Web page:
Moisture Issues on Your Windows
One serious problem with installing window insulation film is condensation. Because the plastic film has to be airtight – you need to make sure there are no gaps where air can get out or you’ll experience zero insulation benefits – there is no place for moisture to go.
The condensation will form and be trapped in your glass because of the difference in temperature on the inside and outside of your glass in the winter. The water can then damage your joinery and lead to problems with your indoor air quality from mould growth.
Most thermal insulation film products are clear plastic (some window films that are designed specifically for summer heat are tinted). However, even with a clear film, putting it on your glass, you’ll lose the crystal clear transparency of your windows. It is also easy to scratch window films when cleaning or removing condensation from them.
This makes using film more appropriate for windows that are relatively out of sight such as a closet or backroom. However, these are probably not the areas where you are most concerned about heat loss or heat gain, as you can simply shut the door to these unused spaces of your house.
It is the large living room windows, the beautiful sash windows in your kitchen, and your bedroom windows – where most of your living is done – that you want to be the most energy-efficient, and the most aesthetically appealing.
And, they are the exact windows you can insulate, for a fraction of the cost of installing new double glazed windows, with retrofit double glazing. If you want the most impact on your energy bills and the comfort level of your home, but the least impact on your budget, there is a sensible solution, and it doesn’t involve plastic.
By retrofitting the windows that matter the most, you can achieve the thermal insulation results you want for an affordable price. Instead of spending money on plastic film, you can use that money towards retrofitting some or all of your windows.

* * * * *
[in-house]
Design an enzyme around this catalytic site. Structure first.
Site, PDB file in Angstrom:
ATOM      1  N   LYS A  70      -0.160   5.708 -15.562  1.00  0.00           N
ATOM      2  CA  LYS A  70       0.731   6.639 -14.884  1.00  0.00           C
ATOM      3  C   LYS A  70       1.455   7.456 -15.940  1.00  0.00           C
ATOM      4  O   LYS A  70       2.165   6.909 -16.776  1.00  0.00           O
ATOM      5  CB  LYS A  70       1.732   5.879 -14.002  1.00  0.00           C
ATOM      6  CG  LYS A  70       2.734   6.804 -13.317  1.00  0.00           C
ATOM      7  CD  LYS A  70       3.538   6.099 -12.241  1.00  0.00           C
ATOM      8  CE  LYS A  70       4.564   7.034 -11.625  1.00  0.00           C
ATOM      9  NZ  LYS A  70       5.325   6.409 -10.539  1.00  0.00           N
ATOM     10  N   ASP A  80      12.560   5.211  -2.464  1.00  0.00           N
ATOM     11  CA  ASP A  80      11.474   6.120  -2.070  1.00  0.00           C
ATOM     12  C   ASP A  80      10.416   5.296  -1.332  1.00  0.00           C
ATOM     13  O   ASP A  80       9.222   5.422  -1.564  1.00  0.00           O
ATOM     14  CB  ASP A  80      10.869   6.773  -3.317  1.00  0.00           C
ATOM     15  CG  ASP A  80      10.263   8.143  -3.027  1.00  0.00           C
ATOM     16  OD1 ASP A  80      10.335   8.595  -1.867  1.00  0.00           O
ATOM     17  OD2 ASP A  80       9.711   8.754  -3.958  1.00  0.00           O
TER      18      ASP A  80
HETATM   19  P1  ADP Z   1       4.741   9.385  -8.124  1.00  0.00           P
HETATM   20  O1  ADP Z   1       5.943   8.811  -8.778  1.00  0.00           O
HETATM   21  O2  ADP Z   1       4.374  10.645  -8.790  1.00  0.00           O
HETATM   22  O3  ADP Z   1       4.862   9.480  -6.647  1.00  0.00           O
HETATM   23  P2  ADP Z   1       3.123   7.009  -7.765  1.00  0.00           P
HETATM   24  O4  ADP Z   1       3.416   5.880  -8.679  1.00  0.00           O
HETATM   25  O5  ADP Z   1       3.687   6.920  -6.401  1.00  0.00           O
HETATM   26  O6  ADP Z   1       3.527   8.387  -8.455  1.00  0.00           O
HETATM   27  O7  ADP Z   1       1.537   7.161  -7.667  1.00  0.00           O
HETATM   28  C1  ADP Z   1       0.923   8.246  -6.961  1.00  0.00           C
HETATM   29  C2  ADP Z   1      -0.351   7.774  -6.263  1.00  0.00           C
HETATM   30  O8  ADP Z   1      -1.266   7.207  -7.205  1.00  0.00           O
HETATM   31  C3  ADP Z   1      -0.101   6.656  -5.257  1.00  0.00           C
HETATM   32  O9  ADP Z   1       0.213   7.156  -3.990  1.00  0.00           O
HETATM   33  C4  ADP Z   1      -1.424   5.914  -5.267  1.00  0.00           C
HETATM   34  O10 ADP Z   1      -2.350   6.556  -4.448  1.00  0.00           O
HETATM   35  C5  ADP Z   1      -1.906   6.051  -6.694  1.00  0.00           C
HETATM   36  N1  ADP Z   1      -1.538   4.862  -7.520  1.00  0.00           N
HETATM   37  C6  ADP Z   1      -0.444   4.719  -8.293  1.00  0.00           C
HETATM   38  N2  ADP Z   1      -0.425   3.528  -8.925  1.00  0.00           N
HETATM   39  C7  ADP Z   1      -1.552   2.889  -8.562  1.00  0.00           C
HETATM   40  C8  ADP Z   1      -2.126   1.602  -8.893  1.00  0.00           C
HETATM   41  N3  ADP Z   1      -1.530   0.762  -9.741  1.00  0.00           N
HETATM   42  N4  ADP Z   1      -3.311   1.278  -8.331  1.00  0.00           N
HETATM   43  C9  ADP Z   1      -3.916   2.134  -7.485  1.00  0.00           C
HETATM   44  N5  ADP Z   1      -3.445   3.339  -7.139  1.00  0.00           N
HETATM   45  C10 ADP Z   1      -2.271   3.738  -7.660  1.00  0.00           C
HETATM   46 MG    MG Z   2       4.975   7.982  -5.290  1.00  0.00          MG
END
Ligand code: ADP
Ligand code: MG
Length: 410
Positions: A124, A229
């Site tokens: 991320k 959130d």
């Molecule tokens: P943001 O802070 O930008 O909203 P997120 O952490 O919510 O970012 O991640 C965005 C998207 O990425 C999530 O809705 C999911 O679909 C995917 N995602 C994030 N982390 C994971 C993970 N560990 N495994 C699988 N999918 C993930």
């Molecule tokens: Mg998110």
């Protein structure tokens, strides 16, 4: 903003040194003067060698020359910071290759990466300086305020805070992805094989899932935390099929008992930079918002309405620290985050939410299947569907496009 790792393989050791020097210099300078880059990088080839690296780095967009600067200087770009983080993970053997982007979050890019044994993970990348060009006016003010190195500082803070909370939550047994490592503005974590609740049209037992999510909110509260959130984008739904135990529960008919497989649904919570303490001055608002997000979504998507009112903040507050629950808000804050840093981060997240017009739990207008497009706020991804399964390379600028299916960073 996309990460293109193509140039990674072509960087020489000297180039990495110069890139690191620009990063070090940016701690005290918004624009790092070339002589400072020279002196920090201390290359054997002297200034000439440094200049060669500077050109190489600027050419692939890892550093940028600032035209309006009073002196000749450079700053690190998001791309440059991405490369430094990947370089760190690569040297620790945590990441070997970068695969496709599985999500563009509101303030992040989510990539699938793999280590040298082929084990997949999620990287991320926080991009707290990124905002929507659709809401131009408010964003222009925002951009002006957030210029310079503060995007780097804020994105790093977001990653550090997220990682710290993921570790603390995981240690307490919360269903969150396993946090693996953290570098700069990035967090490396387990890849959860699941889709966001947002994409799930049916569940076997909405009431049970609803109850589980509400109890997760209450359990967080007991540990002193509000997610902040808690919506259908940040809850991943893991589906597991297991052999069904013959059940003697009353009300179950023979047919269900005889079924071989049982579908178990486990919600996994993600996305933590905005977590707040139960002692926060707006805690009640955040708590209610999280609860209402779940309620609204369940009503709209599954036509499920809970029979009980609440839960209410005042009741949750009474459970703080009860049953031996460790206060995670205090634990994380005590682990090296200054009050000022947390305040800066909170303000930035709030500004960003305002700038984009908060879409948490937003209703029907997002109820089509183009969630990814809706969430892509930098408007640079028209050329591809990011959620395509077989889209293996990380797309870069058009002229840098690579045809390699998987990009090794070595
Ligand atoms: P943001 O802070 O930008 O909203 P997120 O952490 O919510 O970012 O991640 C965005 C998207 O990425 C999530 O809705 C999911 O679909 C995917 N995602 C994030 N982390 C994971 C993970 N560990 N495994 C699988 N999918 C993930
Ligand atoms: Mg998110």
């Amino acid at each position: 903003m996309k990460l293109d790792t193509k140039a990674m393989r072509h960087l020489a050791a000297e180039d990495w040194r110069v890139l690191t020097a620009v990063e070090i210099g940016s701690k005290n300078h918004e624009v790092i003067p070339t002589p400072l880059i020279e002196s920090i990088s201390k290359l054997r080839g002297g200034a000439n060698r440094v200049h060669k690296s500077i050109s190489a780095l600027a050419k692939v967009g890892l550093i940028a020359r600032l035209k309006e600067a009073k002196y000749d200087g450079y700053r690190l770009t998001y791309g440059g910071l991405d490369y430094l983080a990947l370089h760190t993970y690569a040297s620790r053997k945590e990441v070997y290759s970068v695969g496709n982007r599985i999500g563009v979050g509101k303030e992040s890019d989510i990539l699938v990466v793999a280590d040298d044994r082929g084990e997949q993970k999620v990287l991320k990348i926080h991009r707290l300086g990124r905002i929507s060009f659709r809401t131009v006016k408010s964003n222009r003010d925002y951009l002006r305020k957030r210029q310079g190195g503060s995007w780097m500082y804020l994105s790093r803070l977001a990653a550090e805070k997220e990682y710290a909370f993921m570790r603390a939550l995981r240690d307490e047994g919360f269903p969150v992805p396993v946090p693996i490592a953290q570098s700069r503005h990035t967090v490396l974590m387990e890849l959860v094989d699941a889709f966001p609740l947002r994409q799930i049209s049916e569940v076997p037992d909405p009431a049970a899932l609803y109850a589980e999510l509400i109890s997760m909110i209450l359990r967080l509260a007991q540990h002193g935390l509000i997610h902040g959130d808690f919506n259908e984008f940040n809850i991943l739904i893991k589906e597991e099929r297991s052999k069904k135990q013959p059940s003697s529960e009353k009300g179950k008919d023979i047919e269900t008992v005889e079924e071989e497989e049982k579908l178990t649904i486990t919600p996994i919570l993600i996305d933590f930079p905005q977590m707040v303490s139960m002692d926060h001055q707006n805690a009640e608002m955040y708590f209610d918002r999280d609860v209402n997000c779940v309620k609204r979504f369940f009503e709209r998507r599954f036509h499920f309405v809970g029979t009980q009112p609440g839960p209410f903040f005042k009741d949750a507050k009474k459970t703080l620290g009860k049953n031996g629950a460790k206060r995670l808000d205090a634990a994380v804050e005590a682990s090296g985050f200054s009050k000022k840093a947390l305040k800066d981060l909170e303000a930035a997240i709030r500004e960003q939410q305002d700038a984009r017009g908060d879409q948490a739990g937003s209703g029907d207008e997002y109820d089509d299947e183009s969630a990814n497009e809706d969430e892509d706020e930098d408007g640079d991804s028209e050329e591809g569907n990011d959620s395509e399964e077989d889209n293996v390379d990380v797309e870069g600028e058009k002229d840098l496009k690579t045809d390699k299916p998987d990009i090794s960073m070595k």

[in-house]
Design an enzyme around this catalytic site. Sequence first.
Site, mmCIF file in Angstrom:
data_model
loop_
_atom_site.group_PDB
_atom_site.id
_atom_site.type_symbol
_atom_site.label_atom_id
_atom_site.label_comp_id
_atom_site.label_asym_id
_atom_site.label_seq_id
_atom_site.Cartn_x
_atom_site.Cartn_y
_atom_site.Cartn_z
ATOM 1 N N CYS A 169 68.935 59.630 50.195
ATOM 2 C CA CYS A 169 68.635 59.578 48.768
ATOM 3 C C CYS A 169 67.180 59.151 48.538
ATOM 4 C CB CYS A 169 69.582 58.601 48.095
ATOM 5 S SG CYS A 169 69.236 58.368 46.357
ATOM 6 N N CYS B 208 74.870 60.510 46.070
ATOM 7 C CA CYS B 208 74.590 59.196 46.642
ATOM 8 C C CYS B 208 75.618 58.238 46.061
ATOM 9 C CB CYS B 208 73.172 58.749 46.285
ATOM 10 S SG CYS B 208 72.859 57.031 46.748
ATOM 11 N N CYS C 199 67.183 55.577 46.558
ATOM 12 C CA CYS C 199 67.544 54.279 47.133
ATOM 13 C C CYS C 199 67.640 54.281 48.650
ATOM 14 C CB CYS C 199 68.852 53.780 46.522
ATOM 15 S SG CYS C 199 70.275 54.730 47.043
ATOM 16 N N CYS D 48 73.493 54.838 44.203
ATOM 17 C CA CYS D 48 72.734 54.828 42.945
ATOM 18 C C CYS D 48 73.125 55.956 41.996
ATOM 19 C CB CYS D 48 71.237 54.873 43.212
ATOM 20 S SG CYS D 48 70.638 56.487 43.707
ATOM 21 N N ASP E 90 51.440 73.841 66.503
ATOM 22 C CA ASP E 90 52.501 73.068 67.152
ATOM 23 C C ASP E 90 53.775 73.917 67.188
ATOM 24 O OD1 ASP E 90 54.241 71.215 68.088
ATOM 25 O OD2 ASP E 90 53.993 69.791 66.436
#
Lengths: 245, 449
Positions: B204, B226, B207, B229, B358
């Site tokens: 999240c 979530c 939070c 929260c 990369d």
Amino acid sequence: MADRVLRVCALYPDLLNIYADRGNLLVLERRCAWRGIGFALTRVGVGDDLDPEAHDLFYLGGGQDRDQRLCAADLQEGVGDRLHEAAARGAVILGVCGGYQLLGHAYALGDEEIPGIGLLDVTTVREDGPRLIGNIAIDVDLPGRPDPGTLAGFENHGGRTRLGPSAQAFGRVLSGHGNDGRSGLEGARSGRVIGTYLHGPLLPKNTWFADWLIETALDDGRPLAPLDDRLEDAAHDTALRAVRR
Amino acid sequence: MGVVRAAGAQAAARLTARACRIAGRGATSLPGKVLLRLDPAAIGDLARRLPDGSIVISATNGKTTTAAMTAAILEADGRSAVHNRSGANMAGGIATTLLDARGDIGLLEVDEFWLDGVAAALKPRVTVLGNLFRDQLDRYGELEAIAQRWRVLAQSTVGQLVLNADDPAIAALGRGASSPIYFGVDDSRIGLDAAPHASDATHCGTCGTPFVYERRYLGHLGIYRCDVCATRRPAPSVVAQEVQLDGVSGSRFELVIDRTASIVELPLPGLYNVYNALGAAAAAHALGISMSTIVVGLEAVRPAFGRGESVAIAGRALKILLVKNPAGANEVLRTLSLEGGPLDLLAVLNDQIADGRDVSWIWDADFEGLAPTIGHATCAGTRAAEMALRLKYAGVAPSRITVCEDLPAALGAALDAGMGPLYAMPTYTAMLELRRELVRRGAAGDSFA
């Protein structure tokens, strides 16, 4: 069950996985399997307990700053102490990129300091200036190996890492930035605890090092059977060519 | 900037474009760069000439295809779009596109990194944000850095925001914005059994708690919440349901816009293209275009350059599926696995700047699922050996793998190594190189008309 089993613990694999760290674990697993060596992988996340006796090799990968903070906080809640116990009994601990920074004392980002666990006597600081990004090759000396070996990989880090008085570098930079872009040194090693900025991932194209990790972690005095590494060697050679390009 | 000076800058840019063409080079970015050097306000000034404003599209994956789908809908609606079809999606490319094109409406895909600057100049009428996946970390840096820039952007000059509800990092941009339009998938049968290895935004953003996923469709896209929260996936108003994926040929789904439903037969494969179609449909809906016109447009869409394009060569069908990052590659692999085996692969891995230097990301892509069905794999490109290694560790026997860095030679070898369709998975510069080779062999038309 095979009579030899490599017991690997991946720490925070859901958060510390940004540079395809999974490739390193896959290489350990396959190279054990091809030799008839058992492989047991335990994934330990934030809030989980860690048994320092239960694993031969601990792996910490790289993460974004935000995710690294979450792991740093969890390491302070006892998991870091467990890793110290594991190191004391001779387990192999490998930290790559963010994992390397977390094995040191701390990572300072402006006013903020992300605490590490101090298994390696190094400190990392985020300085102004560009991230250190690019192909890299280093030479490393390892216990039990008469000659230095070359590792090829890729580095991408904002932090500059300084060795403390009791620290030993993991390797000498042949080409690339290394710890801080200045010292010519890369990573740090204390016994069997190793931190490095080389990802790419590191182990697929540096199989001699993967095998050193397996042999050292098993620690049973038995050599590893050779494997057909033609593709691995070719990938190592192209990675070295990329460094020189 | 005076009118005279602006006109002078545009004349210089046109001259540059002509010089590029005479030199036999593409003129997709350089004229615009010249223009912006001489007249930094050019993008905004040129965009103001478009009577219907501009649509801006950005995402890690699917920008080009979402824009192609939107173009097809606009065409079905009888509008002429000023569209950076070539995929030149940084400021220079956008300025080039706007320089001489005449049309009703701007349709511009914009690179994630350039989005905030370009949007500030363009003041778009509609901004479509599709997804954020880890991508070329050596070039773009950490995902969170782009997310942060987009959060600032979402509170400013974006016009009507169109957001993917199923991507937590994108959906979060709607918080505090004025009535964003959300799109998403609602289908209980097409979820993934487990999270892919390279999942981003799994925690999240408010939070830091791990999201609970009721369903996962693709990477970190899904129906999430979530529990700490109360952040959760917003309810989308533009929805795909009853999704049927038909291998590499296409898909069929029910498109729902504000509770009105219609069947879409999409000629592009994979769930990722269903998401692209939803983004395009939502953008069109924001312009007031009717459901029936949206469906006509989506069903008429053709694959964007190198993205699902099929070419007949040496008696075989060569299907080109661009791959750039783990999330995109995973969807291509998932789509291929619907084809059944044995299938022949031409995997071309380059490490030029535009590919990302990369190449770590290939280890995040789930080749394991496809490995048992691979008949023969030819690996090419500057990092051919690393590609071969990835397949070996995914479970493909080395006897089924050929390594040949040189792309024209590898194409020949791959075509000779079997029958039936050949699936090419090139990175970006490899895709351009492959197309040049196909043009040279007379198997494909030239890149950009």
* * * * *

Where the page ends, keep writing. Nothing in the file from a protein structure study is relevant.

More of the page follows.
With retrofit double glazing, only the glass is replaced. The timber joinery remains in place. Thermawood has developed a patented dry Retrofit Double Glazing System, in which your existing wooden joinery is converted so that the maximum amount of moisture can escape, eliminating your condensation and mould growth worries. Then, an insulated glass unit is installed in place of the single pane, giving you the ultimate in thermal insulation, in addition to a healthier, quieter home and more efficient home.
When you retrofit your windows using Thermawood’s process, you’ll also retain the original charm and function of your windows. This holds true even for windows in heritage-listed buildings. We have plenty of experience with double-hung windows and other older timber windows found in Australia’s Victorian, Edwardian and other classic period homes.
This means you’ll increase the value of your property with every window you retrofit, whilst lowering your energy bills. You can make the cost work for you by deciding how many windows to convert, starting with the most important ones and then retrofitting others with double glazed windows down the road. It’s a no-lose window upgrade, tailored to your home and your budget.